1. re: jen kalb

                                          correction - countertops referred to by me above are slate not soapstone so my comment is irrelevant

                                        2. re: Susan Daniel

                                          Actually I have a deep love for natural stone used in the home - just not soapstone countertops. I am reminded of this every time I have to bring the countertop back to looking nice -- and no matter how hard I work at it, I'll never get the blotchiness out of the accompanying soapstone sink.

                                      2. I've been living with my soapstone countertops for 7 years, and wouldn't have it any other way! I used to oil them when I first got them. Now I do it only once in a while, if I want a particularly black, shiny finish.(not as shiny as granite). They are so much more comfortable looking and less formal than granite. Can put anything from oven or stove on them. Scratching is possible, but not likely, and it can be sanded out, if necessary. Many compliments on them, too. Hope this helps. My picture file was too big to include, unfortunately. Check out www.vermontsoapstone.com. Hope this helps.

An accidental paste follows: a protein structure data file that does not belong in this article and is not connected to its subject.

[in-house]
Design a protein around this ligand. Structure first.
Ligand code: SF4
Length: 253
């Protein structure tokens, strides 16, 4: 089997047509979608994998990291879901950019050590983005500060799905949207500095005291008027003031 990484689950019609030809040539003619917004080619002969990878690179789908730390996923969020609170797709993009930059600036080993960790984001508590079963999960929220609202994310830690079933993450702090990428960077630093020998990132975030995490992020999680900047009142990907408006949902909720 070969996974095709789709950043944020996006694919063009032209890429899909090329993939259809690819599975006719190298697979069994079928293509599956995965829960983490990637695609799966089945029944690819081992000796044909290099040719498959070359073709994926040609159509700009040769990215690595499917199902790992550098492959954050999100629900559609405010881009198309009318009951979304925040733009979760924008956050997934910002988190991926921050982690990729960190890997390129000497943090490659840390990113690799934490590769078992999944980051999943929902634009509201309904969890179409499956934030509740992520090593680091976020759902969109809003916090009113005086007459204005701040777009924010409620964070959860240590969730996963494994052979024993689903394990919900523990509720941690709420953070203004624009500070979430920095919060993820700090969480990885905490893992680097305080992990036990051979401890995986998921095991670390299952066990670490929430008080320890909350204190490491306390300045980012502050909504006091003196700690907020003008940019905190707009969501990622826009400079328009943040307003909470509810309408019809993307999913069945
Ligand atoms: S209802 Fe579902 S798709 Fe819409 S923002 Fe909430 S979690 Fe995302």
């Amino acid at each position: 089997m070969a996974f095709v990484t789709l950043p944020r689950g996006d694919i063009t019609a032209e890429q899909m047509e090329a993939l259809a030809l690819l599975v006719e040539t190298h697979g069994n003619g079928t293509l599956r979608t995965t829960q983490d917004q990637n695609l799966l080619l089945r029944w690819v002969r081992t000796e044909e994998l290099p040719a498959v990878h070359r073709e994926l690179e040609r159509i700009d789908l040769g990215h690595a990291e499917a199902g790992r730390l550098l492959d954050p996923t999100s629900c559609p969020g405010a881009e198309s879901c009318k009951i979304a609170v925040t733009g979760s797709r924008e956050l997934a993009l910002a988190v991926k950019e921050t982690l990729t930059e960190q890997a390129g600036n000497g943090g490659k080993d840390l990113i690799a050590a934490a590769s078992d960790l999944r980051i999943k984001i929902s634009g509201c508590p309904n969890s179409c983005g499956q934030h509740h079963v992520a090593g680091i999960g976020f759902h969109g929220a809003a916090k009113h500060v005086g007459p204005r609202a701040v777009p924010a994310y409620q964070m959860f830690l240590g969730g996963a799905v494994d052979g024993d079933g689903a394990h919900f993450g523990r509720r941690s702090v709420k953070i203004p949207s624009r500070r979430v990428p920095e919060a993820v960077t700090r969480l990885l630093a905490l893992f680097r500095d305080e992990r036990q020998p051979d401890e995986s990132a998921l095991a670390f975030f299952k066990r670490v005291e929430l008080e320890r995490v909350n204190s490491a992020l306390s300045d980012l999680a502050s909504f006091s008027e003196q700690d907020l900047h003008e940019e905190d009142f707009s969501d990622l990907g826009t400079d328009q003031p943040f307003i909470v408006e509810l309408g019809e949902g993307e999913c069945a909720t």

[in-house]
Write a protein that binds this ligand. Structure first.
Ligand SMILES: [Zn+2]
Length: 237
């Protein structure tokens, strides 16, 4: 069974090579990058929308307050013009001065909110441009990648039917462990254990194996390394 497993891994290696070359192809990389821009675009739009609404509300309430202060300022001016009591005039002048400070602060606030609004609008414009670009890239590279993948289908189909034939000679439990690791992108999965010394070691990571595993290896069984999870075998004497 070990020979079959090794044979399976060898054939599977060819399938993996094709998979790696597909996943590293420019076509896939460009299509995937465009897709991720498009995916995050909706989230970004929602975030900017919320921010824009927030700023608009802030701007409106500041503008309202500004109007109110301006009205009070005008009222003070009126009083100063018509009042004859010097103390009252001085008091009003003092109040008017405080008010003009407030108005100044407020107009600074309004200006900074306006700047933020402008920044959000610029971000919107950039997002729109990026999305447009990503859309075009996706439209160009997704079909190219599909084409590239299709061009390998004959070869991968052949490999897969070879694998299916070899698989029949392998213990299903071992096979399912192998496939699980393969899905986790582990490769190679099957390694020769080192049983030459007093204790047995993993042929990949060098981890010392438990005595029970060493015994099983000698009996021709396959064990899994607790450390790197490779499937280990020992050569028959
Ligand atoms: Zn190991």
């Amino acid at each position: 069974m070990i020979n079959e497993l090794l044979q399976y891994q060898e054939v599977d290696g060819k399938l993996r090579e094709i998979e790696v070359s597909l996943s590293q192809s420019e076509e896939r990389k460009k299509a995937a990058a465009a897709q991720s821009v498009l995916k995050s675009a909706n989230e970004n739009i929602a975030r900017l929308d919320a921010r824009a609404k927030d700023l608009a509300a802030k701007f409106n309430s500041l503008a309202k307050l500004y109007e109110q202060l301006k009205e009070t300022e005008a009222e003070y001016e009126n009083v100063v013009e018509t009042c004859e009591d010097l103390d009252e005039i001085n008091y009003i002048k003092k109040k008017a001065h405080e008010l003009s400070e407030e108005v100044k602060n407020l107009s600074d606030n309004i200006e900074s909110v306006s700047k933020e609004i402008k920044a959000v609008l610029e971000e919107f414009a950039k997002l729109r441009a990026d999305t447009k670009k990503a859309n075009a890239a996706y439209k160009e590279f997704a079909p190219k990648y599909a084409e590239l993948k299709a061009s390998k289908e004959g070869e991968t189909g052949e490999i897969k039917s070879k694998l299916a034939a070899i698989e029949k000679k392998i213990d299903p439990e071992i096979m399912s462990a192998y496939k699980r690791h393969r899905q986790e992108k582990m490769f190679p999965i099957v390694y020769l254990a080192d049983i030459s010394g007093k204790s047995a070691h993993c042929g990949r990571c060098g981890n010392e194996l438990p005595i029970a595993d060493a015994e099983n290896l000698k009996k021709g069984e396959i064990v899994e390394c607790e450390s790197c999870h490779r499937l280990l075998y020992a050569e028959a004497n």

1. I have soapstone counter tops -- they are really, really easy to care for. Don't believe anyone who says they stain --- real soapstone cannot stain --- it's impossible --- the stone is so dense and inert that it just doesn't react to household chemicals including wine, food colorings, vinegar, lemon juice.
                                          You can choose to oil the surface or not --- it doesn’t matter. I oil my counter tops about once /month because I love the serene dark color that it makes and I love how the white veins in the stone stand out in contrast. I also find that oiling around the faucet and soap dispenser prevents hard water build up on the counter and faucet.